According to the United Nations SDGs, about 736 million people still lived in extreme poverty in 2015, earning less than $1.90 per day. About 50 percent of those people were under the age of 18, and the majority lived in South Asia and Sub-Saharan Africa. Poverty also exists in high-income countries. For example, in 2017, the US Census Bureau estimated that 12.3 percent of Americans lived in poverty. Prosperity has a major impact on many other global grand challenges, including access to food, water, energy, healthcare, learning opportunities, and more. Exponential technologies, through their price/performance curves, can create a world of abundance. As we digitize industries like food, shelter, energy, learning and more, technology should dramatically lower the cost of products, goods, and services in these industries. Dr. Peter H. Diamandis, Executive Founder and Director of SU, suggests that we may have a future where everything from food to cars to shelter will eventually all cost $1 per pound. We have already seen this trend in the learning GGC with the digitization of education, in the health GGC in such areas as DNA sequencing, and in the shelter GGC with such innovations as the ICON 3D printed house. But how do we know if this trend will eventually make basic goods truly affordable to everyone? After all, income inequality is rising rapidly in many countries around the world.
Several factors seem to inﬂuence how evenly abundance spreads. Note ﬁrst, a country without access to the internet and reliable energy may be unlikely to beneﬁt from the fruits of digitization— although some argue they are poised for leapfrogging legacy technologies that hold wealthier countries back. Leaders and innovators need to pay close attention to this dynamic when developing solutions.
Second, business models impact the spread of abundance. When an innovator infuses technology into his or her company, it will eventually generate proﬁts or reduce costs even if it’s initially
expensive. Who will reap those gains? Companies like ReGen Villages (see the Shelter GGC) that are creating tech-infused communities with new technologies to generate food, water, and energy onsite allow excess goods to be sold outside the village to pay community fees, mortgages, or possibly even generate life-long incomes for residents. This abundance-based business model shares the beneﬁts of technology with customers, creating more value for everyone—and a more competitive business model. It matters to the whole of society if founders keep proﬁts for themselves or redistribute them in the form of high wages or stocks to employees or lower prices for customers. Innovators need to think through the long-term consequences of their business models.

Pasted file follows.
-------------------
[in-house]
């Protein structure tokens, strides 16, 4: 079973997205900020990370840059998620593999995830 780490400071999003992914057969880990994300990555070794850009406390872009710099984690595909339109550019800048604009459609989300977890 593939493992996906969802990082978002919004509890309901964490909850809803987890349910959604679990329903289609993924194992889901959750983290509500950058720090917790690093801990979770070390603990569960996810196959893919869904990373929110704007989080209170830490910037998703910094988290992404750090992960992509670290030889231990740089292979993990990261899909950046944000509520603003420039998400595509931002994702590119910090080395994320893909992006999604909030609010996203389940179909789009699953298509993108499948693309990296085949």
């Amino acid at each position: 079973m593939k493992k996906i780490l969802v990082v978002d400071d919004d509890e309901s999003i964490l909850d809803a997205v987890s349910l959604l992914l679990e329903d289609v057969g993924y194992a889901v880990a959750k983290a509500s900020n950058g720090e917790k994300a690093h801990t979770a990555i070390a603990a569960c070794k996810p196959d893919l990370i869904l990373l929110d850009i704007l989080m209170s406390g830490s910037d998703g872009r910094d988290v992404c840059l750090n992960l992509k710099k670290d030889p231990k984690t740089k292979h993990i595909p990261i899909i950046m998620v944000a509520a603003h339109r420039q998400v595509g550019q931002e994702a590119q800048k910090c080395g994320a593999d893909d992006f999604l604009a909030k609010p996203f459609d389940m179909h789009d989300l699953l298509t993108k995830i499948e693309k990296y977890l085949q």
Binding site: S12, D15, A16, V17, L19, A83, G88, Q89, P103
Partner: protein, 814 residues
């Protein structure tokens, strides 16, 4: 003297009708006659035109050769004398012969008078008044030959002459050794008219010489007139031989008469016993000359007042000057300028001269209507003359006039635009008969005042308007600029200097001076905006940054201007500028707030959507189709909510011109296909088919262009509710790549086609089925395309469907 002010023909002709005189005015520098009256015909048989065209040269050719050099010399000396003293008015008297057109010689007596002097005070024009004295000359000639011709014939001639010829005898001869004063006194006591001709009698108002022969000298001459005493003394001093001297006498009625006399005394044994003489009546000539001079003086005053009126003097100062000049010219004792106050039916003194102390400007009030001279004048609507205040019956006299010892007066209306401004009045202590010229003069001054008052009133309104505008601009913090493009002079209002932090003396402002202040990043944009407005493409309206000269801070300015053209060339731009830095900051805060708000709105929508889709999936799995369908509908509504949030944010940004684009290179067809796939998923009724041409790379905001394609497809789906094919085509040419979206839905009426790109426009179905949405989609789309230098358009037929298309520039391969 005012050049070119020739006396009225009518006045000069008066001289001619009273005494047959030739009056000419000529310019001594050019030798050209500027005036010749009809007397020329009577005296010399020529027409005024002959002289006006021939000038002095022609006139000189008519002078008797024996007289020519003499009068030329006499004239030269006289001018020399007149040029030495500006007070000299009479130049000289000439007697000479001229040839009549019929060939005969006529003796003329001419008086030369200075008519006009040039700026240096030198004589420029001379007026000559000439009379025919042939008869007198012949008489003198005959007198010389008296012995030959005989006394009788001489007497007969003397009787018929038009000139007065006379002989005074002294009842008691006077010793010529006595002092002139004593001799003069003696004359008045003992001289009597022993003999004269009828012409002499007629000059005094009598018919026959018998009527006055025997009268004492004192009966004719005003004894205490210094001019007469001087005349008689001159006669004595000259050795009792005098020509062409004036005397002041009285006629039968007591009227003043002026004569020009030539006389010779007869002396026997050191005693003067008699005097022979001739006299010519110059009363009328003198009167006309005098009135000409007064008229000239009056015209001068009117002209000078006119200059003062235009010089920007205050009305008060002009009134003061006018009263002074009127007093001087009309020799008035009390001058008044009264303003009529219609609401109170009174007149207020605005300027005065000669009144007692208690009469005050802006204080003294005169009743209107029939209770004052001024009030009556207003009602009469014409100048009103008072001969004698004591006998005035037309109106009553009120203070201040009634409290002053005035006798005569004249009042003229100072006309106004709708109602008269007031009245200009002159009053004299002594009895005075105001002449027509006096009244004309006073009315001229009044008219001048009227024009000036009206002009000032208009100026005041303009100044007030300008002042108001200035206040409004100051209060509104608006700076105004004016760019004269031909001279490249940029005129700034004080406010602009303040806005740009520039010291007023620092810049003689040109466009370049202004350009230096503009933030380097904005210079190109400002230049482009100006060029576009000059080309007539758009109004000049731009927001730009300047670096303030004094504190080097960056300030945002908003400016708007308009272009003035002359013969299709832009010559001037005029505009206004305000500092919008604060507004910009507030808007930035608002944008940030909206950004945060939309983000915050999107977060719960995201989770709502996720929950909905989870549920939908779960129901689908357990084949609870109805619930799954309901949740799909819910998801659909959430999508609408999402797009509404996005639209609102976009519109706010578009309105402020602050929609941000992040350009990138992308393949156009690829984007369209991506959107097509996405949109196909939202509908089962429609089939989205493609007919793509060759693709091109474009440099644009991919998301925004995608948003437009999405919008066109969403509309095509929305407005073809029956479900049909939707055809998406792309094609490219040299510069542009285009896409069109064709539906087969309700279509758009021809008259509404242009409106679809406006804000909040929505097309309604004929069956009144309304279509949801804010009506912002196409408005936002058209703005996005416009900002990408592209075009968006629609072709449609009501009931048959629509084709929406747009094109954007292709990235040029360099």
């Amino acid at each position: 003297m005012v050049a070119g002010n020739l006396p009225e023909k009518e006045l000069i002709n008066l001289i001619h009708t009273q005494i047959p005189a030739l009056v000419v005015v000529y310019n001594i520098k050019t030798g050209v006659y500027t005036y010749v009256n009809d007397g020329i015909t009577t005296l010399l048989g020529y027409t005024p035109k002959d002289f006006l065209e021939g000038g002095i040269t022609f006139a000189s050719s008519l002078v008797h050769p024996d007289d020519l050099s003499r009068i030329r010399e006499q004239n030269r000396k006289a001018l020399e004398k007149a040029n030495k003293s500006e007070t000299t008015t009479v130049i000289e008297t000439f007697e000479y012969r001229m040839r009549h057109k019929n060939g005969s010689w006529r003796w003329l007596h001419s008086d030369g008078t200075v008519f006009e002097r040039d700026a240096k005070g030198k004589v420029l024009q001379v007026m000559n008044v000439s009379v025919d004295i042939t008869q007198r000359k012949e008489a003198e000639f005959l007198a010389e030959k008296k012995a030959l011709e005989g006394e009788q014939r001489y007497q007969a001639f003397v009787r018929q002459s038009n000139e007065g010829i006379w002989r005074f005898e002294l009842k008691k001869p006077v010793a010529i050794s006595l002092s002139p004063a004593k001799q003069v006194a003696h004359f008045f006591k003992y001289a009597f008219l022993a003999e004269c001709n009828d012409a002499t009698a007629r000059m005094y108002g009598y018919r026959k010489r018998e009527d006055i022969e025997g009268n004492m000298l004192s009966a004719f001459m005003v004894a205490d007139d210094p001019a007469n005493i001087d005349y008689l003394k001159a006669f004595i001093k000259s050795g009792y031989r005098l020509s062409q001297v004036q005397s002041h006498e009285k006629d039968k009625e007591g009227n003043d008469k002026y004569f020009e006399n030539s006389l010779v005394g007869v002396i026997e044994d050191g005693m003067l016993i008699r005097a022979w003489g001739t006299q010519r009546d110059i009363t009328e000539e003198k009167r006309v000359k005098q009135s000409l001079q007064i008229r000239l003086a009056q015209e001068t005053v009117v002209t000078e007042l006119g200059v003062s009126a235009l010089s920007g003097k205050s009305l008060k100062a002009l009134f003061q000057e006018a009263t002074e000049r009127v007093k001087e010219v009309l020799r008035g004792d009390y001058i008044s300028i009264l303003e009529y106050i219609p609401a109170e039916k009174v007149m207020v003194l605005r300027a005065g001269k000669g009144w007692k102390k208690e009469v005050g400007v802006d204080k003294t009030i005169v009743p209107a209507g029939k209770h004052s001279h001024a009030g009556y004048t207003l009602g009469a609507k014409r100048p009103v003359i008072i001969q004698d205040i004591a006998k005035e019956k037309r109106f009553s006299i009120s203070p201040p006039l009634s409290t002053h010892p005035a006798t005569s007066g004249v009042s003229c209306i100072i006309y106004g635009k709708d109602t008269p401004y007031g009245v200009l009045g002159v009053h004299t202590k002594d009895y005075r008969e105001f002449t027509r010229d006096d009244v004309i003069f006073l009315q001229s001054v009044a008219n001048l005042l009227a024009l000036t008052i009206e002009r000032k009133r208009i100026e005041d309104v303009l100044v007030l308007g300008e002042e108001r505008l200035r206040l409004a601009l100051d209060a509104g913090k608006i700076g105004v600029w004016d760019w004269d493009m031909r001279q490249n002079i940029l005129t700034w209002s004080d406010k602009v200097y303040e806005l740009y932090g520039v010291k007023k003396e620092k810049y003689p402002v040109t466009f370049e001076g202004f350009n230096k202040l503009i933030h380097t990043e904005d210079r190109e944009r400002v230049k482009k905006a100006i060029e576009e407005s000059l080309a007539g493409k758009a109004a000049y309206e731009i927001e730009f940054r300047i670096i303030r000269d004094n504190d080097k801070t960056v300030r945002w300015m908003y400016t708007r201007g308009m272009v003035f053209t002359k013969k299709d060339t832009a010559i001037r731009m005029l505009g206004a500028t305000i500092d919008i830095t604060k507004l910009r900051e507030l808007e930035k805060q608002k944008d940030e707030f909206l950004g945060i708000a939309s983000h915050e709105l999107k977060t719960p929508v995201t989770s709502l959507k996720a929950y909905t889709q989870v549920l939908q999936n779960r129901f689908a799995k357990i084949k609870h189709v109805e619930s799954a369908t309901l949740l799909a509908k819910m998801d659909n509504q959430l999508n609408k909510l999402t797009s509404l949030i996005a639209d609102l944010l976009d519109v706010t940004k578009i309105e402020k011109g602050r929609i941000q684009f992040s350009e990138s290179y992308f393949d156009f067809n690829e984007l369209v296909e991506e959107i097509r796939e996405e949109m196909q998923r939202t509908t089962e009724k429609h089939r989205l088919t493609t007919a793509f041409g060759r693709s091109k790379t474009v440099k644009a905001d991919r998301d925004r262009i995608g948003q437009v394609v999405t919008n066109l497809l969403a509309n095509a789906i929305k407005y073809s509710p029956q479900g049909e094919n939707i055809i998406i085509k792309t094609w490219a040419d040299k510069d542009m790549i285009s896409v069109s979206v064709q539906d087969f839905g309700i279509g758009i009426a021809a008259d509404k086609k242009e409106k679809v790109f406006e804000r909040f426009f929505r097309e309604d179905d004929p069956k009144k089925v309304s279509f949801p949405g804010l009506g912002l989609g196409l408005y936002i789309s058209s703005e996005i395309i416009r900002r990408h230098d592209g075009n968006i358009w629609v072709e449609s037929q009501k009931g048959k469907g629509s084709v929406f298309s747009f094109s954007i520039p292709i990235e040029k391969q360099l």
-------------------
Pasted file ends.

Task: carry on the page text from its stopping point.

When we think of prosperity, we also think of digitizing the ﬁnancial services industry. Over the last decade, companies like Kiva. org have pioneered solutions for poverty through small digital peer-to-peer loans as well as a plethora of new blockchain and cryptocurrency companies. At a high level, these digital ﬁnancial companies and services could increase prosperity in the same way as companies like ReGen Villages—by redistributing proﬁts and efficiencies, often by transforming how transactions happen between different players in the economy, whether that is creating a new type of transaction or eliminating a transaction and reducing the cut that goes to the middle person. Remember, though, that at the end of the day, people are deciding who beneﬁts from the proﬁt of the technology—the founder, the investor, the worker, or the customer. Our values lie at the heart of how abundance spreads.